As usual during this weekend, traffic anywhere near the area is jammed and they bring in extra police and alter the flow to accommodate the thousands who come in. Even though the races end tomorrow, we learned the first year that traffic doesn’t actually clear out until almost noon on Monday. Most of the folks who come in RVs to stay at the Speedway, plus the big haulers and many of the crew members don’t depart until then. Fortunately, everything I need to do Monday takes place where I can stay off those roads.

I have a couple of deadlines I’m working for the one non-profit because it’s the time of year where we have to submit a substantial report to the County. I have multiple parts to complete and while I spent several hours previously, today was another big chunk. The next phase is coming up soon, too, and I try to have a few days in between since it’s easy to mix up the documents – another of the lessons I learned the first couple of times I did these. Among the volunteers I don’t have and need is an individual to help with this part. It is also one of the most complicated, does require a special level of skill and therefore, is one of the most difficult to get help with. Ah well, maybe one of these days.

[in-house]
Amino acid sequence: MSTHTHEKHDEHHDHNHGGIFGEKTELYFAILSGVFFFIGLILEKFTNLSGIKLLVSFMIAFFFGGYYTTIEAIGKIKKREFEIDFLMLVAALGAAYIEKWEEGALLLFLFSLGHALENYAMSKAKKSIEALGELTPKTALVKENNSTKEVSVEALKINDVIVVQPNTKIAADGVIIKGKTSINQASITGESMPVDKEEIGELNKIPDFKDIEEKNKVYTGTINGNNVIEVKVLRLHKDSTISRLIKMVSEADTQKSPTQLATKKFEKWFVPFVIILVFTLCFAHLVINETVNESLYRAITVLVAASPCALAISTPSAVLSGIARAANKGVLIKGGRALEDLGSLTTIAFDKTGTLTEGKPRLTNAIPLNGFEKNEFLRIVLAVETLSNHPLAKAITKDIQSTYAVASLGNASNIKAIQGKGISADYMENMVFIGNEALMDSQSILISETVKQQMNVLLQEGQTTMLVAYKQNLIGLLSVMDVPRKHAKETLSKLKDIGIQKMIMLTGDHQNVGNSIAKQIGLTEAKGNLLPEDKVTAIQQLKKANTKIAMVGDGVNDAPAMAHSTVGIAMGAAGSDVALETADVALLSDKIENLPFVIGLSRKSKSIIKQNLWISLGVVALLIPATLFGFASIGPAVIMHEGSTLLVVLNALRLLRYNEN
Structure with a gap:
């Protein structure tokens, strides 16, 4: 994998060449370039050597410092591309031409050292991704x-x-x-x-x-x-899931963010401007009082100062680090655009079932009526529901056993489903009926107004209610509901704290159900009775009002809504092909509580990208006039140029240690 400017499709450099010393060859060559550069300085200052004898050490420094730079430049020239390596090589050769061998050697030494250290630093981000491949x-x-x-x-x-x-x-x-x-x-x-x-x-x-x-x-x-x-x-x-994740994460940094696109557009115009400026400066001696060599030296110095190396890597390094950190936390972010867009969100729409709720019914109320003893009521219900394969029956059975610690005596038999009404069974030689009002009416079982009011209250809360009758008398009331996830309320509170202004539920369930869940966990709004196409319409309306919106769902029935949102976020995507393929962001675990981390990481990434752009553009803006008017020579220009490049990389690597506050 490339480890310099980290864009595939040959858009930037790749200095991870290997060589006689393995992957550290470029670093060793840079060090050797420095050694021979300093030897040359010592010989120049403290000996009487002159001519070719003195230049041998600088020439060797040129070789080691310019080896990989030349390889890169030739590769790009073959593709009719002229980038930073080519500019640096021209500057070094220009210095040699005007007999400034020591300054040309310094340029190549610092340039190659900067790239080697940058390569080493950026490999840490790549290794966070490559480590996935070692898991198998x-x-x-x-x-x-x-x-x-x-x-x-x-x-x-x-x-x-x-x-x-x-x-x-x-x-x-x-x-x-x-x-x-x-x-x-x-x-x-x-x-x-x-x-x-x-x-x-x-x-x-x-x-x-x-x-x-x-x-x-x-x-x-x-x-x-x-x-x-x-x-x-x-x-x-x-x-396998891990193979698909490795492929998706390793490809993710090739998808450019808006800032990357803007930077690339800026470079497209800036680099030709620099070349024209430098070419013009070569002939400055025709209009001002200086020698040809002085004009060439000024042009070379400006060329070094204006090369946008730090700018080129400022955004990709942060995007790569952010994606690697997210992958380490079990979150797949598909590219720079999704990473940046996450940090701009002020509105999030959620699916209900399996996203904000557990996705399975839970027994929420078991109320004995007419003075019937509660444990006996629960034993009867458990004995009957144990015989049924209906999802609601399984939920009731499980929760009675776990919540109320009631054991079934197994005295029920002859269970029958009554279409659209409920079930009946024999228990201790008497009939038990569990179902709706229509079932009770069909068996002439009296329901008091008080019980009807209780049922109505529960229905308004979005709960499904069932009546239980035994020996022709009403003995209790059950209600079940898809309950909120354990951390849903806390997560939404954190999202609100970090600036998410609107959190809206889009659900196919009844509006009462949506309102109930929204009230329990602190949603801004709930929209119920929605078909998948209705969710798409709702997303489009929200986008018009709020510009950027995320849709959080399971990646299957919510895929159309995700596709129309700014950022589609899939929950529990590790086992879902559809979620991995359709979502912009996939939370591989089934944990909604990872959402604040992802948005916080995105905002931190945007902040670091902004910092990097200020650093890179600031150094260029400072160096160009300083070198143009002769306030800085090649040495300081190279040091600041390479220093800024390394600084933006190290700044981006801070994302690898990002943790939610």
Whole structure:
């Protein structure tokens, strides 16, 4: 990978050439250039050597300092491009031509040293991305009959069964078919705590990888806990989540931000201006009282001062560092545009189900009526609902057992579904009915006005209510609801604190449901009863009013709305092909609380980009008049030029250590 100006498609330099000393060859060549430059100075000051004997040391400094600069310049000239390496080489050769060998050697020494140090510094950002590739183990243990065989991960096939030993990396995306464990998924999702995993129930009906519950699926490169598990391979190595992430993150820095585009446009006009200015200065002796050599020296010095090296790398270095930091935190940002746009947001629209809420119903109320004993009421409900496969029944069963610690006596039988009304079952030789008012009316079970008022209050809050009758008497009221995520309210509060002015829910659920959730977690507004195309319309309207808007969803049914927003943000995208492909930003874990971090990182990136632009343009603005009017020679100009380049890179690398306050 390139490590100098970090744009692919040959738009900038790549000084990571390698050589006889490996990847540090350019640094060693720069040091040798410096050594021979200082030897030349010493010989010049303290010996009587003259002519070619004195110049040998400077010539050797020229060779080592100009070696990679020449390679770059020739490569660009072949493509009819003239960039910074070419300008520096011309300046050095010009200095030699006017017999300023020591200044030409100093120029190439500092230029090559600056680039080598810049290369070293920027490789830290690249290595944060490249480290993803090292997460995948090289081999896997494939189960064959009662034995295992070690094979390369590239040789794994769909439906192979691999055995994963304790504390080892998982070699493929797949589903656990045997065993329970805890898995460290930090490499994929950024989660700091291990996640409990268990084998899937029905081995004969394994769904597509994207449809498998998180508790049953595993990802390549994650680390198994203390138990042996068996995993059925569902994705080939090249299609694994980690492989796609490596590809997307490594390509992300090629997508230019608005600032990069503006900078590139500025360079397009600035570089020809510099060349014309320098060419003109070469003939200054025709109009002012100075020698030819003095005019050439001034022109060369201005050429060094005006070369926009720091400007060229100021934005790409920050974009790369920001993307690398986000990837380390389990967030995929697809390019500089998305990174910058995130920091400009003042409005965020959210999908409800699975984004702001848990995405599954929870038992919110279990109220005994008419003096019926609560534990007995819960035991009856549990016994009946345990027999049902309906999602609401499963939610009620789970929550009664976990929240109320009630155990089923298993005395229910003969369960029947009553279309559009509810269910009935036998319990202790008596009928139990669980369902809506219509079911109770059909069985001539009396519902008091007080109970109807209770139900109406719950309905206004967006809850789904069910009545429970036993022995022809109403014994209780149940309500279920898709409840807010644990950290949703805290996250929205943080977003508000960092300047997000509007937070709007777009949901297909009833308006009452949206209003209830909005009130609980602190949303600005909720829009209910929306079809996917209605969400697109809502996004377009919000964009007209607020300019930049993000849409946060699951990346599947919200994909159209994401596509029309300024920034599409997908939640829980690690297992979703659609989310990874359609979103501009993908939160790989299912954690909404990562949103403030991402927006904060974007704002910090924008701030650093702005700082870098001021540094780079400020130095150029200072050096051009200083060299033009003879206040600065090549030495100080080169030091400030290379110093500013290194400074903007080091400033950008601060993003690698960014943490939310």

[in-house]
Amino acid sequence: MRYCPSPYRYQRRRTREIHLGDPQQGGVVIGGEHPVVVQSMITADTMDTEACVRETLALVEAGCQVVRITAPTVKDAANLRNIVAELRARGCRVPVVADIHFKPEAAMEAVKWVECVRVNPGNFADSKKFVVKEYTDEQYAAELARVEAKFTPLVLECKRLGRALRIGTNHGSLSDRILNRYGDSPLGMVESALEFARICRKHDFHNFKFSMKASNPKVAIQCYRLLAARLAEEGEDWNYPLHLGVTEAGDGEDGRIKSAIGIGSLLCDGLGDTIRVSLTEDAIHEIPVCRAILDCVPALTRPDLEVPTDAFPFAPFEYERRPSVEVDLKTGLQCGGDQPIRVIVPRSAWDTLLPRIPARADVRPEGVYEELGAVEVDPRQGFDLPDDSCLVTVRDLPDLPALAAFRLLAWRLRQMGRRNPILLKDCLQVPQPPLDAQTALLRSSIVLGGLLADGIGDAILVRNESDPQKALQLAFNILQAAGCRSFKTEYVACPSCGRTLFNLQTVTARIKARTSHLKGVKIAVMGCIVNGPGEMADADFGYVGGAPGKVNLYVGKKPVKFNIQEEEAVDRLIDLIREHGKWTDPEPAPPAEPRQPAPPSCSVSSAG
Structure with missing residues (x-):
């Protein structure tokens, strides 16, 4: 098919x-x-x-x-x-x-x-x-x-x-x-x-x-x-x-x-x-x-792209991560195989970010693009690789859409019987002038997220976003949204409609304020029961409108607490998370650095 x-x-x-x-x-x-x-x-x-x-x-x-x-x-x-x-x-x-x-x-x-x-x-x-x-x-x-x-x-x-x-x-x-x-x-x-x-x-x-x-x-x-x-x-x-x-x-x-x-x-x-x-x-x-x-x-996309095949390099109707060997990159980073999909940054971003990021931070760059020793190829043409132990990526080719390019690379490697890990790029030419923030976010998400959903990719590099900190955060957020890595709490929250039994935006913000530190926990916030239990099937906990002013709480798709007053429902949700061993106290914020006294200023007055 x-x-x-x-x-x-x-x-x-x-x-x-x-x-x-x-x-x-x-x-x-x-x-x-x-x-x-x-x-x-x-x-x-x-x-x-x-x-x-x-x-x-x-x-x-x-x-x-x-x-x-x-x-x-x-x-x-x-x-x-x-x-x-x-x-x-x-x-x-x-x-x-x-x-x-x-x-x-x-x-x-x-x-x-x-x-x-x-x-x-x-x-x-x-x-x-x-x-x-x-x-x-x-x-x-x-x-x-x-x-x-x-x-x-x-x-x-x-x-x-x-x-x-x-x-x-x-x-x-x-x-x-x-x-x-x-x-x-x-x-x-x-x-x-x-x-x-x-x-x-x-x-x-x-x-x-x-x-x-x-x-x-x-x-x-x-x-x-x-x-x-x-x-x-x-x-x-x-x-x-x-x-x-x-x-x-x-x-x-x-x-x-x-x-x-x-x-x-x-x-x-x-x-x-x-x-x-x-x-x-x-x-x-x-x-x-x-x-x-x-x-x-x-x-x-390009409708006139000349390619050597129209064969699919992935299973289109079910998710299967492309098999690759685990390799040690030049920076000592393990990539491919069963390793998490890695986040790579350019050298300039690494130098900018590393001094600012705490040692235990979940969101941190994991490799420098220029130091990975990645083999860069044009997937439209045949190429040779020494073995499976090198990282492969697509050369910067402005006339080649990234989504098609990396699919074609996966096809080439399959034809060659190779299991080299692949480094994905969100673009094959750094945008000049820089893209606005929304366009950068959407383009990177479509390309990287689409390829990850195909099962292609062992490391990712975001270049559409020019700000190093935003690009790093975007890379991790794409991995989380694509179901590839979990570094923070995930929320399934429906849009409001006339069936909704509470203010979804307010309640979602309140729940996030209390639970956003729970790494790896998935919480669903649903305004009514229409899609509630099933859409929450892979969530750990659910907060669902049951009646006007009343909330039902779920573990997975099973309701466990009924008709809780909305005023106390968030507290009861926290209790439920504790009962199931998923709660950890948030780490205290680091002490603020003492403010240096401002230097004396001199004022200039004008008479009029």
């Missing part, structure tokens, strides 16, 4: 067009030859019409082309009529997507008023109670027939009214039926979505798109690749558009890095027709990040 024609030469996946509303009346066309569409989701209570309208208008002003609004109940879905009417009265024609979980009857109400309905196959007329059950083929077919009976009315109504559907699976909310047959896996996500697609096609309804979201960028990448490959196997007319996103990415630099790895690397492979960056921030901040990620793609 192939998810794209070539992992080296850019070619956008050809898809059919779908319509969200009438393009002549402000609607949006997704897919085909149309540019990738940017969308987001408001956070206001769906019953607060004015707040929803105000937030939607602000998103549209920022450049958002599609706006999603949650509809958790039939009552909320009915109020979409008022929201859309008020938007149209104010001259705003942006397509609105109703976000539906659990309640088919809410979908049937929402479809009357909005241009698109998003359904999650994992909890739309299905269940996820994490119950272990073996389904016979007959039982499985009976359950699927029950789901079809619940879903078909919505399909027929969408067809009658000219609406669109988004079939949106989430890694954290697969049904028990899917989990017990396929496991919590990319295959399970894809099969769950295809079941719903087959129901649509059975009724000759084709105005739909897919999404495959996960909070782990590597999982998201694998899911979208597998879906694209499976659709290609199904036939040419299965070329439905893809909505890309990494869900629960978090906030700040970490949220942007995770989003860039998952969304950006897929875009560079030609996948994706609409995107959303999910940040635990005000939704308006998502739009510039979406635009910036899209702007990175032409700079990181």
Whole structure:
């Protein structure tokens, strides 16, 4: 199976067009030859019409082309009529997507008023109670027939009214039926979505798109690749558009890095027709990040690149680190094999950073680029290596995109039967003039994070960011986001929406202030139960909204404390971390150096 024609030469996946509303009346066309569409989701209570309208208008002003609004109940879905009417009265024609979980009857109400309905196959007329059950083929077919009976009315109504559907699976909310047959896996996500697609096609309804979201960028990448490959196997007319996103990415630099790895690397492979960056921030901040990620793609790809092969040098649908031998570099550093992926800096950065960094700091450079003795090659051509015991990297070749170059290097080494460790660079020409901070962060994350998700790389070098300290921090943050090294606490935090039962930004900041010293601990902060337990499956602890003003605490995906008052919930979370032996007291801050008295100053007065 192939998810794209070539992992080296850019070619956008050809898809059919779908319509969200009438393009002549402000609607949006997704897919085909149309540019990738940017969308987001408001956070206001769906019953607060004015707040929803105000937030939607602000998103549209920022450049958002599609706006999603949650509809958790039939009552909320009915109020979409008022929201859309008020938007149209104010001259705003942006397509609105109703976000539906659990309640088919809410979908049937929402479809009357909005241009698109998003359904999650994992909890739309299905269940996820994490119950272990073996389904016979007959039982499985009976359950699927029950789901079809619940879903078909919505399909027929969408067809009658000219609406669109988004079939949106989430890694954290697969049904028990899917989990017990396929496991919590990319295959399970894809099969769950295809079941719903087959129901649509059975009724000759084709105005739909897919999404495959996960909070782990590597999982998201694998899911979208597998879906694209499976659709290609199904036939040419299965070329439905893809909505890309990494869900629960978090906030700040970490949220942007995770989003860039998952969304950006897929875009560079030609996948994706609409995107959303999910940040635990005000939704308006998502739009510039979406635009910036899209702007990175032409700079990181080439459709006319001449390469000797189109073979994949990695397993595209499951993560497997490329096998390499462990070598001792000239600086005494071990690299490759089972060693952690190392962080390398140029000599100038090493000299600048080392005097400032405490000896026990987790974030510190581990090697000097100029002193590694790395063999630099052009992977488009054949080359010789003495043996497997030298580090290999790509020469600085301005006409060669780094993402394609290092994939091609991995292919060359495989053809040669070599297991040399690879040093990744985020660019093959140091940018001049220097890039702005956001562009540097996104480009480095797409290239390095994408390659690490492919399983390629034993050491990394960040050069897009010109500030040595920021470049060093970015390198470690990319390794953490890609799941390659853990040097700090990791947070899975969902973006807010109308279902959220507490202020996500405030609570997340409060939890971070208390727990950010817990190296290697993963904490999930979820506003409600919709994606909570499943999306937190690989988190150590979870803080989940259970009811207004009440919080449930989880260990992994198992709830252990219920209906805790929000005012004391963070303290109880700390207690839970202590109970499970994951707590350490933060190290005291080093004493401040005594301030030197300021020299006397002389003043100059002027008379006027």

Masterful Movie……

No, it’s neither new nor classic as it was made in 2002. Road to Perdition is a dark period piece set during the Great Depression about gangsters. Paul Newman, Tom Hanks, and Stanley Tucci are the big names. It is a violent, tragic movie and having Tom Hanks play the role of a killer for mob boss Paul Newman is not the norm for either of them. The acting, however, is masterful and the manner in which the movie is filmed. I am not a student of cinematography and am not certain of the proper terms to use.

In the final phases, there is one incredibly powerful scene between Newman and Hanks and then two scenes that take approximately five minutes where there are only four lines of dialogue. The expressions from the veteran actors and actions tell the story in a taut way. The remaining part of the movie contains a final tragedy and from a philosophical perspective the question remains as to, “Can a man who undeniably does wrong still be a good man?” The other underlying question is, “How much is a man shaped by his circumstances?”